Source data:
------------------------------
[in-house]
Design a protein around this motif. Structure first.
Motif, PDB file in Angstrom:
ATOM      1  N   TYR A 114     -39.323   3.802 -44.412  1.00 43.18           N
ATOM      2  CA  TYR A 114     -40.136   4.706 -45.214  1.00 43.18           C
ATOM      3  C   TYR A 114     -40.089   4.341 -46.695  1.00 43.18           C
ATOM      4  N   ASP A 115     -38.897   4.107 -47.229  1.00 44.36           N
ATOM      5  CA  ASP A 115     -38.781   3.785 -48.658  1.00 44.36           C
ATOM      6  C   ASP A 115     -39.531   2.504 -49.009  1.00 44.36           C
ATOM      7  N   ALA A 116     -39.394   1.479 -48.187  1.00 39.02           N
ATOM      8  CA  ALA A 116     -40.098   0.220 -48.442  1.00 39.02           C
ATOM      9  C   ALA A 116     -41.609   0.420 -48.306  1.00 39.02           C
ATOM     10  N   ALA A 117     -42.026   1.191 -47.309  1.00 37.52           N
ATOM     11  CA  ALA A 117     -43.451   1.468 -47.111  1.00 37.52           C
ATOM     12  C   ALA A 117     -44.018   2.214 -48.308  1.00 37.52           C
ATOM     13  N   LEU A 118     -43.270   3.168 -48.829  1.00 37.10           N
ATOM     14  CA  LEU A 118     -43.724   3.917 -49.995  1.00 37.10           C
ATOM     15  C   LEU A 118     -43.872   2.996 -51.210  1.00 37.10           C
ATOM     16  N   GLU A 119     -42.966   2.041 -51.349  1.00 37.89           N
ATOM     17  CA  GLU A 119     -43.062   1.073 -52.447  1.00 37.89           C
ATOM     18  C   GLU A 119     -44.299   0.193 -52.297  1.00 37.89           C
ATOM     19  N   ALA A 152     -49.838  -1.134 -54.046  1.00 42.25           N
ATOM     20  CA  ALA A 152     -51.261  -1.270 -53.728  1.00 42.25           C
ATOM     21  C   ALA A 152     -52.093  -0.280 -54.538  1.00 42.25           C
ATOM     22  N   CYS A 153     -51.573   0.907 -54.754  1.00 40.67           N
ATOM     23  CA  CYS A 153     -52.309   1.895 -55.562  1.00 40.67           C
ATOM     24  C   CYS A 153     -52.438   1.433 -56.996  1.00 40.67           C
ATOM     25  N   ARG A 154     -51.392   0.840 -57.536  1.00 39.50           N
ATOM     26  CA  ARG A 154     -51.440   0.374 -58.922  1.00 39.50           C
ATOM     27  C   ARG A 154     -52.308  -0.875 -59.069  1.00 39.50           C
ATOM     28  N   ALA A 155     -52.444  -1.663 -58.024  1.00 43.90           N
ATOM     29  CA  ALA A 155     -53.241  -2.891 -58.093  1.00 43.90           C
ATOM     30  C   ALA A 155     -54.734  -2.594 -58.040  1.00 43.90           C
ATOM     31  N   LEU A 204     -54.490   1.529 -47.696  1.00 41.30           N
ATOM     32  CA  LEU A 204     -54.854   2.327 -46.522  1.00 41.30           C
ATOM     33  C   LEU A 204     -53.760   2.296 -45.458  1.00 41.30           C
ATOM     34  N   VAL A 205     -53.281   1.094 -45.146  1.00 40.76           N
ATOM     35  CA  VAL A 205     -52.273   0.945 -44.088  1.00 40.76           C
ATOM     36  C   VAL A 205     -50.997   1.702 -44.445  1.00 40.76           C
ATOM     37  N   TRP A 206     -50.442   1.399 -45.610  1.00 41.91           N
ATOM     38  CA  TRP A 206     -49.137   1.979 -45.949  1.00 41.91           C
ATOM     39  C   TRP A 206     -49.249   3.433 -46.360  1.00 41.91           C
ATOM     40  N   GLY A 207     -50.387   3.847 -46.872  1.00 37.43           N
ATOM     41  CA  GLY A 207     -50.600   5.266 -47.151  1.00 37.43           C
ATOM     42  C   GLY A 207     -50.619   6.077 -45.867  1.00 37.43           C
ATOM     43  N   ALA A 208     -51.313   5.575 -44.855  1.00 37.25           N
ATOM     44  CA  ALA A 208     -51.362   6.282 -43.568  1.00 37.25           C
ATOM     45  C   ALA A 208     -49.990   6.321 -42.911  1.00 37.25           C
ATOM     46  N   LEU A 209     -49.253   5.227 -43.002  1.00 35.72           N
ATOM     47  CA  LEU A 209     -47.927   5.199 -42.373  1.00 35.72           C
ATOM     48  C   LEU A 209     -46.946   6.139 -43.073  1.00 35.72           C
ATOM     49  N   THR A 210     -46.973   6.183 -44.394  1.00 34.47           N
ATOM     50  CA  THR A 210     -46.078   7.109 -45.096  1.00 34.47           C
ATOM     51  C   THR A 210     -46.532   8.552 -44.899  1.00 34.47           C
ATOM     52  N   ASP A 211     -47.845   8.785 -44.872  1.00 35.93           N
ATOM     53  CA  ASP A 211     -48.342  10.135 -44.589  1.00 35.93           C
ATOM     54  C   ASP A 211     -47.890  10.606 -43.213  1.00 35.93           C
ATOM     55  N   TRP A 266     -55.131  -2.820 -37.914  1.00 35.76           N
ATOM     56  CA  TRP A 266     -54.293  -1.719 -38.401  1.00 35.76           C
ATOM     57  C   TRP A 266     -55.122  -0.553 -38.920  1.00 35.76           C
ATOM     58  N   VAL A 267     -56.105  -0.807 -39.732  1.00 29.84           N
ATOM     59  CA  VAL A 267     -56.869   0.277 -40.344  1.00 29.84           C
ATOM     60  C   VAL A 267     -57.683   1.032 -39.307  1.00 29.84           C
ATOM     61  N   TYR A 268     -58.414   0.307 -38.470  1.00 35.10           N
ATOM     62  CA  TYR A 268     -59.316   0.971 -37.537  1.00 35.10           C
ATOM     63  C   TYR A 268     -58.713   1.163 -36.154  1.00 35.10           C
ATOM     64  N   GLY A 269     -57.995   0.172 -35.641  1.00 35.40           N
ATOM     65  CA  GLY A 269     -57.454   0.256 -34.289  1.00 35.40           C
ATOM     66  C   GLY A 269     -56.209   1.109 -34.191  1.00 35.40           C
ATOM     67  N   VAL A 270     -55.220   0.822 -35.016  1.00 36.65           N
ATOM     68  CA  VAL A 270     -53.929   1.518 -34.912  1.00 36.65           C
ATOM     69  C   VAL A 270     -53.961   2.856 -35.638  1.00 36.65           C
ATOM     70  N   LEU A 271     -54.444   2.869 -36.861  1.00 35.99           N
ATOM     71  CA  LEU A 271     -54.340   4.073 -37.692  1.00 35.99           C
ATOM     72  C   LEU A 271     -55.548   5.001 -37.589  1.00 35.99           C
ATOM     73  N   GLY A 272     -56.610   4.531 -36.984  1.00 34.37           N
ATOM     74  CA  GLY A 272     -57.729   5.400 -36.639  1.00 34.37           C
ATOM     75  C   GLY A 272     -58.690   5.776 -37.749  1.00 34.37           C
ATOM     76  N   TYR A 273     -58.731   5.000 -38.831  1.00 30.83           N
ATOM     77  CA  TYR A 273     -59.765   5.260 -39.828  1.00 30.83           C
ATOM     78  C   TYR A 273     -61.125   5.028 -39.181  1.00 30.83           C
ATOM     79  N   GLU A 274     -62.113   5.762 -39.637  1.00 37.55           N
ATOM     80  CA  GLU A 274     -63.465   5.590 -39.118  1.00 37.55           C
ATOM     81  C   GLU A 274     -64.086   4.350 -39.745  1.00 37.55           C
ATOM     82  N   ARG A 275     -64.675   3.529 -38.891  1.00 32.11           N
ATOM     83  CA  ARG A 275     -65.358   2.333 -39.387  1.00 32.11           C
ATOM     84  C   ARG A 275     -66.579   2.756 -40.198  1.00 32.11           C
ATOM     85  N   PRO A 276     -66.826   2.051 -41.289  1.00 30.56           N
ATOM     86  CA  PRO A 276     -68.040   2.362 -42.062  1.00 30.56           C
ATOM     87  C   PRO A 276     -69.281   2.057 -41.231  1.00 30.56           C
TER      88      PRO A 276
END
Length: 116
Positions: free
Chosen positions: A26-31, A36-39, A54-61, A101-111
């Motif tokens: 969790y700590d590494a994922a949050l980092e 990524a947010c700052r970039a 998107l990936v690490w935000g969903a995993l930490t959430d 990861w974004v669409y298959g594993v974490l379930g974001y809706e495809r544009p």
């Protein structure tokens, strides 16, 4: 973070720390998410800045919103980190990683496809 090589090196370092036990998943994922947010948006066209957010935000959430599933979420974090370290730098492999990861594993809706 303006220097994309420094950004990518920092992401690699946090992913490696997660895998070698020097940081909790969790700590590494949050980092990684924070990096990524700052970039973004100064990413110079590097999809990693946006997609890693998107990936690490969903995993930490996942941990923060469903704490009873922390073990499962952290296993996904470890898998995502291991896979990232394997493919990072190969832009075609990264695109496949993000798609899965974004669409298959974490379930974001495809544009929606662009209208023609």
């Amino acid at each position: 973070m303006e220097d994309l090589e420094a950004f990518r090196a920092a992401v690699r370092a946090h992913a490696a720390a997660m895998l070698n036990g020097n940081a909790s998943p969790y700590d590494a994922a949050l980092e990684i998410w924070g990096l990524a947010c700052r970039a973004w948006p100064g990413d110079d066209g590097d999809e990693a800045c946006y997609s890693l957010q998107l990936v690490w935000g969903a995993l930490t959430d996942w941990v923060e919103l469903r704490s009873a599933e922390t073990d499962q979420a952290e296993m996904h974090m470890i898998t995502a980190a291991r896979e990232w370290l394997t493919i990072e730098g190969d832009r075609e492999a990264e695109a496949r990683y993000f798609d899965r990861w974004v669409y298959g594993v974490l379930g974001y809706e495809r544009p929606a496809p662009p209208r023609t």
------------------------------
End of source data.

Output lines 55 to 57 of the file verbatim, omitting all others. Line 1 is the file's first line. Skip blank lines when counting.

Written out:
ATOM     52  N   ASP A 211     -47.845   8.785 -44.872  1.00 35.93           N
ATOM     53  CA  ASP A 211     -48.342  10.135 -44.589  1.00 35.93           C
ATOM     54  C   ASP A 211     -47.890  10.606 -43.213  1.00 35.93           C